By Miriam Felton-Dansky
By Lilly Lampe
By R. C. Baker
By Tom Sellar
By Alexis Soloski
By Molly Grogan
By R. C. Baker
Since 1938, Superman has defeated legions of evildoers, alien hordes, and various deities. But in Infinite Crisis, the recently completed DC Comics miniseries, Superman and the rest of the Justice League encounter a far more dangerous threat: the accumulated confusion of those 68 years of adventures andeven scariervillains that act like comic-book nerds.
For decades, DC's heroes lived on a collection of earths. The characters of the Golden Age of comics, lasting from Superman's debut through the mid 1950s, lived on Earth-Two. The stars of Silver Age, from the late 1950s through the 1960s, lived (confusingly enough) on Earth-One: Reading comics about the Flash of Earth-Two inspired the Flash of Earth-One to choose that particular moniker. Writers later established that the different worlds were separated by a vibrational field of bullshit comic science that could be bridged for team-ups whenever fans demanded. Variations of the most popular heroes piled up as writers unveiled dozens of different earths, each with its own Superman (an evil Superman, a Superman allergic to dairy, etc.).
The tweaking was all part of what author Danny Fingeroth calls comics' "illusion of change": In the interest of keeping characters fresh, they are altered time and again, only to inevitably return to their core concepts. As a result, no comic-book character's modifications are permanentSuperman's recovery from "death" in 1993, for instance, was faster than a speeding bullet. His famous never ending battle for truth and justice isn't simply a tagline. It's the essential business model of comic books.
Infinite Crisis, the creation of Geoff Johns and a team of artists, is a sequel to the 1985 series Crisis on Infinite Earths, which was a rare attempt at change beyond the illusion. In the mid 1980s, DC's multiple earths were considered a barrier to luring in new, young readers and a dilution of the uniqueness of the original creations. In COIE, the DC multiverse was consolidated into a single, streamlined universe with one history and only one Superman.
At the start of Infinite Crisis, Earth-Two's Superman, Superboy from Earth-Prime (i.e., the real world), and Alex Luthor from Earth-Three (where heroes and villains have reversed roles)who seemingly sacrificed their lives to defeat the menace of the first Crisisare discovered alive and well after 20 years imprisoned in limbo. They're introduced observing the increasingly bleak events throughout the contemporary DC universe on a wall of crystals. Earth-Two's Superman remarks, "This is what the world does to legends. It corrupts them. Or it destroys them." Literalizing Freud's return of the repressed, they escape and make their way to Earth, where the Justice League has disbanded after dissent in the ranks and an increasingly paranoid Batman has developed a massive satellite system to spy on his fellow superheroes.
Though superhero comics often get categorized as power fantasies for pubescent males, these characters echo the complaints of many older fans who make up the core of modern comics' readership. As the story begins, Superman, Superboy, and Luthor sit in what is essentially the universe's basement, watching and critiquing, claiming to know what's best for the DC universe and how things would be different"better"if they were in charge. The villains of this massive series, which will affect years of comic books to follow, act like nothing so much as a bunch of stereotypical comic-book nerds.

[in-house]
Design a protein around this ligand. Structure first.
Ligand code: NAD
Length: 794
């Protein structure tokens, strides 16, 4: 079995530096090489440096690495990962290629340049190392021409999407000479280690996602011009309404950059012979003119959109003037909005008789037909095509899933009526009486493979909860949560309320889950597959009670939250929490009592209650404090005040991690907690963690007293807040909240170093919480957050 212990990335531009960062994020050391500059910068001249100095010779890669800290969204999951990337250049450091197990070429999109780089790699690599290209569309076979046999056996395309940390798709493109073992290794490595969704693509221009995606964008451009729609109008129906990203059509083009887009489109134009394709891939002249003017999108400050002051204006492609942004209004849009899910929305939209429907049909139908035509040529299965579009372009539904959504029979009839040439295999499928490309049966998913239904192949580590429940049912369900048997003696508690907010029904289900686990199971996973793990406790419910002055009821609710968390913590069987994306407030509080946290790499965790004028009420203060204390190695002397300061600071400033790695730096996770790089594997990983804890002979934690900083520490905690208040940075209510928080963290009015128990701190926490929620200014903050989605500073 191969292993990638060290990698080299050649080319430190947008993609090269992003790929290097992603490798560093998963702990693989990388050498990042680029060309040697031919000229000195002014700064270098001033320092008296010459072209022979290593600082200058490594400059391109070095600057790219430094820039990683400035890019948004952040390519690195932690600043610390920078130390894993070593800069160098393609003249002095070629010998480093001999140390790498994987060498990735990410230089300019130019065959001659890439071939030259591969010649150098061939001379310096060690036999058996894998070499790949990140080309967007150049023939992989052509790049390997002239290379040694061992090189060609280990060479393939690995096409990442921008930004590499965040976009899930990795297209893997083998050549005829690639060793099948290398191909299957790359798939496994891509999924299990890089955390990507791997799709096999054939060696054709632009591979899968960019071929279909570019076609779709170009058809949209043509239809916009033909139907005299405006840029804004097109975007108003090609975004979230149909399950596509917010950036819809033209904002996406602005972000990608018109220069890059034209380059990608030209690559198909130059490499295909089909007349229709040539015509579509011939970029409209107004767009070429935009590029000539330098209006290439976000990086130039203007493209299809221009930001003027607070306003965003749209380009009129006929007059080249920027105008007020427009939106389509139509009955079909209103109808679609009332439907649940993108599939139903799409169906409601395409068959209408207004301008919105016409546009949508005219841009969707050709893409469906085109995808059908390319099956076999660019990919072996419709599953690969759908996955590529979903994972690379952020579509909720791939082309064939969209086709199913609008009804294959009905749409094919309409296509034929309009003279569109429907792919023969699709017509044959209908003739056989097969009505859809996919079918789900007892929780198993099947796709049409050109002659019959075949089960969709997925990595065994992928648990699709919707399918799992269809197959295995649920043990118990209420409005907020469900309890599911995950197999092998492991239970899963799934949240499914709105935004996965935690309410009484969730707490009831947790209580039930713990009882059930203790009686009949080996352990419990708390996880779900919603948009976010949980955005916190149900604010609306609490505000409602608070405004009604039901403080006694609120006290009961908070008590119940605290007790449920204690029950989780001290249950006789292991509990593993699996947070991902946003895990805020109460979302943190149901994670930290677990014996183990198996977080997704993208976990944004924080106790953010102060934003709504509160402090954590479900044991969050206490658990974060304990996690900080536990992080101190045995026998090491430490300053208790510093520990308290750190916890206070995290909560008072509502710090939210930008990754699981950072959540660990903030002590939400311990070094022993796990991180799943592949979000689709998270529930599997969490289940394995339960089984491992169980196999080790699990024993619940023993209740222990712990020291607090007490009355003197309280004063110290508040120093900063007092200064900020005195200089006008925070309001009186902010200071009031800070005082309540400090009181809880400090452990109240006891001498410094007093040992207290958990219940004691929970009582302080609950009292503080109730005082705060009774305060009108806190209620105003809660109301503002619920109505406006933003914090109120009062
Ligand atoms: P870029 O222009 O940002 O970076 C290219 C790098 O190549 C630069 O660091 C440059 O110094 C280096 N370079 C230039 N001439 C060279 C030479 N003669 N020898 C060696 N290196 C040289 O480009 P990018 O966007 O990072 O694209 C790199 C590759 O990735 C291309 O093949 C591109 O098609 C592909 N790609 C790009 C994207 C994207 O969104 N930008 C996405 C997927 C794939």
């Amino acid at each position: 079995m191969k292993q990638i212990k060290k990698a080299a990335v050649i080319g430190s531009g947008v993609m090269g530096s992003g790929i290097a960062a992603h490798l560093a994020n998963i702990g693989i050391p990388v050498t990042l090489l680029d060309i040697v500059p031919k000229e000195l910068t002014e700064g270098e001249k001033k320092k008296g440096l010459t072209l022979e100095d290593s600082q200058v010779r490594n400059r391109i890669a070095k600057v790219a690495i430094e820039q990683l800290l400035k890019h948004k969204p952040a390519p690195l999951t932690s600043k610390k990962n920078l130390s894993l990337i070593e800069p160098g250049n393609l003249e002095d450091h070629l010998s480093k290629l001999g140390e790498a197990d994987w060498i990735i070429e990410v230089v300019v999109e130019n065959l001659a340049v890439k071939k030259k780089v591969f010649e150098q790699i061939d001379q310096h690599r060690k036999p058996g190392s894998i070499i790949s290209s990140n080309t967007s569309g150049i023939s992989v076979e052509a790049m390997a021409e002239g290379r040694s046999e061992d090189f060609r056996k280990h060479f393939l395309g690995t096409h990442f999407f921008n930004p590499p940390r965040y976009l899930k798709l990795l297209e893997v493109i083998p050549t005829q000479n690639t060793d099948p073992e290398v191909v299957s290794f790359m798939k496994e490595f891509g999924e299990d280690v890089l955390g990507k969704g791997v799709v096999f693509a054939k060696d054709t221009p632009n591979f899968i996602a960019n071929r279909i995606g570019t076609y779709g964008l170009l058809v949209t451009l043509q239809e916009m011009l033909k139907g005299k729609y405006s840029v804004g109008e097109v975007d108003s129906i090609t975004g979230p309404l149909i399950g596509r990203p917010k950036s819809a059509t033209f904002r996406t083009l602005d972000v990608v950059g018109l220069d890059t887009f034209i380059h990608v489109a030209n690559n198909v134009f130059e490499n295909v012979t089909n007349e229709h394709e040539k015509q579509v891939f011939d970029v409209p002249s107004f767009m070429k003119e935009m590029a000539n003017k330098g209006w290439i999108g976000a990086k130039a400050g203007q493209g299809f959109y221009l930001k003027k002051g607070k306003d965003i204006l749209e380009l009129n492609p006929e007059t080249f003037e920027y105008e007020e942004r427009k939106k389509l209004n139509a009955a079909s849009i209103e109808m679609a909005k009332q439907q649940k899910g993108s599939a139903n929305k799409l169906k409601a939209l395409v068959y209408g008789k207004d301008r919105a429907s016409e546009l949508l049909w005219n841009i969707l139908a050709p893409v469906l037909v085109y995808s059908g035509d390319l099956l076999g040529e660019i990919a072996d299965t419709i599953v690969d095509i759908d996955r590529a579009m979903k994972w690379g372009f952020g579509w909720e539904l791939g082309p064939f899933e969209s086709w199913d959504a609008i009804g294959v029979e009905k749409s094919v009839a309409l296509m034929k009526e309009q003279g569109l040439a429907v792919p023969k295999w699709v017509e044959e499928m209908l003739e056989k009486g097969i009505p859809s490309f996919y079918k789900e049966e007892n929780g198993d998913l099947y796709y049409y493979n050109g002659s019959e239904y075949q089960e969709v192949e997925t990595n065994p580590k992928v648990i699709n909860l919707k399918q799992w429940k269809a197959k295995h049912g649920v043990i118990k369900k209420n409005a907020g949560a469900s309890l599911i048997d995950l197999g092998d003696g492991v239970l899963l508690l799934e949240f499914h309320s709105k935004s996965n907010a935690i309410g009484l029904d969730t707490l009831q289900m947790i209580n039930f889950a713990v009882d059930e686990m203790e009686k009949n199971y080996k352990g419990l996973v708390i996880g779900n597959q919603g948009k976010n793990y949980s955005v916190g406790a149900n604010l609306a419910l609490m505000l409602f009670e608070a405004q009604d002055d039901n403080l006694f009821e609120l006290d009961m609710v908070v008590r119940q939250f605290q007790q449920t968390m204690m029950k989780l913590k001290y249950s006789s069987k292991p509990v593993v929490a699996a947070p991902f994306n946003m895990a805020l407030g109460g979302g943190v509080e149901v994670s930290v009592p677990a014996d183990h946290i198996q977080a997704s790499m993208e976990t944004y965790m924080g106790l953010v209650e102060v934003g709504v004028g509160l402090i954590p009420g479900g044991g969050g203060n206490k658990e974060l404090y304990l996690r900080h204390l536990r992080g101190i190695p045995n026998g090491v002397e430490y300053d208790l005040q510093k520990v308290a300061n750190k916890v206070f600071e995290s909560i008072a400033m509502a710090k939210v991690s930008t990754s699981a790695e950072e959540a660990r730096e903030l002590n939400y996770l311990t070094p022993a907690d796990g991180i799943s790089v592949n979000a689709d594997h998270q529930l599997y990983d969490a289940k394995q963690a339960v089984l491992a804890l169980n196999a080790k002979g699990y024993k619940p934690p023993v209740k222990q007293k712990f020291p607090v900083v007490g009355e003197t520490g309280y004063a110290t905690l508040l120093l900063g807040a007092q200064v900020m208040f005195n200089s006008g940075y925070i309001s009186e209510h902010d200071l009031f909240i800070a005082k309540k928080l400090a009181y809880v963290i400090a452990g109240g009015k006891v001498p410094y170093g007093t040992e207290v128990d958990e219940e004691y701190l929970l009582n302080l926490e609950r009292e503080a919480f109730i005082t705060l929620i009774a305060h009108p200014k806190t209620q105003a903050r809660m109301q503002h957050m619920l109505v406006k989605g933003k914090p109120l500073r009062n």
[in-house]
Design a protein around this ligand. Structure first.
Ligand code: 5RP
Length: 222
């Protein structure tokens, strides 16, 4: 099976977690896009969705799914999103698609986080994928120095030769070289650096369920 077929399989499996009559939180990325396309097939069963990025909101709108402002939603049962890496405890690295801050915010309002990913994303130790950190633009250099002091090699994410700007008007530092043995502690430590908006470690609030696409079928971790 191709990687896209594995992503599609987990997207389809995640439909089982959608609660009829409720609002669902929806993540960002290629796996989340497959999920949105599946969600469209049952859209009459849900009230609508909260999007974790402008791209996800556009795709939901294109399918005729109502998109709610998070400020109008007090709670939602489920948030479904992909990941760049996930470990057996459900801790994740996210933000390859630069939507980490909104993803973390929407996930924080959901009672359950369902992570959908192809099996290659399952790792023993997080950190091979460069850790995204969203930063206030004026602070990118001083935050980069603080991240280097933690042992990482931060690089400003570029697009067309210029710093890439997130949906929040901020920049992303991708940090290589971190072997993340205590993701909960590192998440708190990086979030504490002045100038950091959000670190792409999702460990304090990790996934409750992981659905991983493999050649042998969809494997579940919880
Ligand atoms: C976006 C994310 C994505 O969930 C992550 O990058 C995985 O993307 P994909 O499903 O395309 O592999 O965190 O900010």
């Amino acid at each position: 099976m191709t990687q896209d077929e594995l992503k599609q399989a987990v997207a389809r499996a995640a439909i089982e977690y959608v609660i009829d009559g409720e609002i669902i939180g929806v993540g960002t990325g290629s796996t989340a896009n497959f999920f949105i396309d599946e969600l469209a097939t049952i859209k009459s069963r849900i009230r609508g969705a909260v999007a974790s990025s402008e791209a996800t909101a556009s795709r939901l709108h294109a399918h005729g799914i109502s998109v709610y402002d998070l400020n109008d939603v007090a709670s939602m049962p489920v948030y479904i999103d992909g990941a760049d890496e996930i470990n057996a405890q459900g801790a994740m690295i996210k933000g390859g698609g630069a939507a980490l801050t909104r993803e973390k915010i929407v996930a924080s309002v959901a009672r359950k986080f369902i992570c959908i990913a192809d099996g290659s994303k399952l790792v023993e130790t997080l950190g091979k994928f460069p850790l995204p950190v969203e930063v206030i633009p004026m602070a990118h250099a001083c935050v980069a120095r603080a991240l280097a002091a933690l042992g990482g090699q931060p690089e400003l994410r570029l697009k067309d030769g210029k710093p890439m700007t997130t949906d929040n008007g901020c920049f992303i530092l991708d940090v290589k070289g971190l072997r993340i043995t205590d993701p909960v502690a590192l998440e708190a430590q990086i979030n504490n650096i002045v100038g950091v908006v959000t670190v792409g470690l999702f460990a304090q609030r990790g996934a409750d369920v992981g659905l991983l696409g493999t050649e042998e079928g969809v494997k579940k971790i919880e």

In Infinite Crisis 4, Earth-Prime's vindictive Superboy, angry over his prolonged incarceration and the loss of his loved ones and homeworld, picks a fight with DC's current Superboy. Like The Simpsons' Comic Book Guy, the villainous Superboy is a whiny, awkward loner, who stammers, "You're ruining me!" as he battles a group of heroes. The fact that Superboy's Earth-Prime represents the readers' world confirms his status as a stand-in for the ugly side of comics' audience.
Readers seem to have largely missed the subtext; indeed, a trip to DC's message boards reveals a fan base validating Johns's characterization with its vitriol. A typical comment reads, "Thanks . . . for making my heroes the most disgusting, childish, nasty, ridiculous people ever."
The portrayal of Infinite Crisis's villains reflects the comics industry's contentious relationship with fans. The readers typified by the evil Superboy are fiercely loyal but resistant to change, much like the art form they love so dearly. DC finds itself forced to serve two masters: these fractious lifers and the children that were, in decades past, comics' target demographic.
This bifurcated approach is reflected in the new continuity established at the conclusion of Infinite Crisis. The company's signature titles have returned to their roots and emphasized accessibility: Batman back with Robin, Superman battling Lex Luthor. Meanwhile, adult readers can indulge in a new weekly, year-long serial entitled 52, which will have a cumulative price tag of $130. And if these ideas don't work, you can be sure they'll be shoved to the margins to make way for new onesor perhaps old ones made to resemble new ones. That's the beauty of a never ending battle: There are always more stories to tell.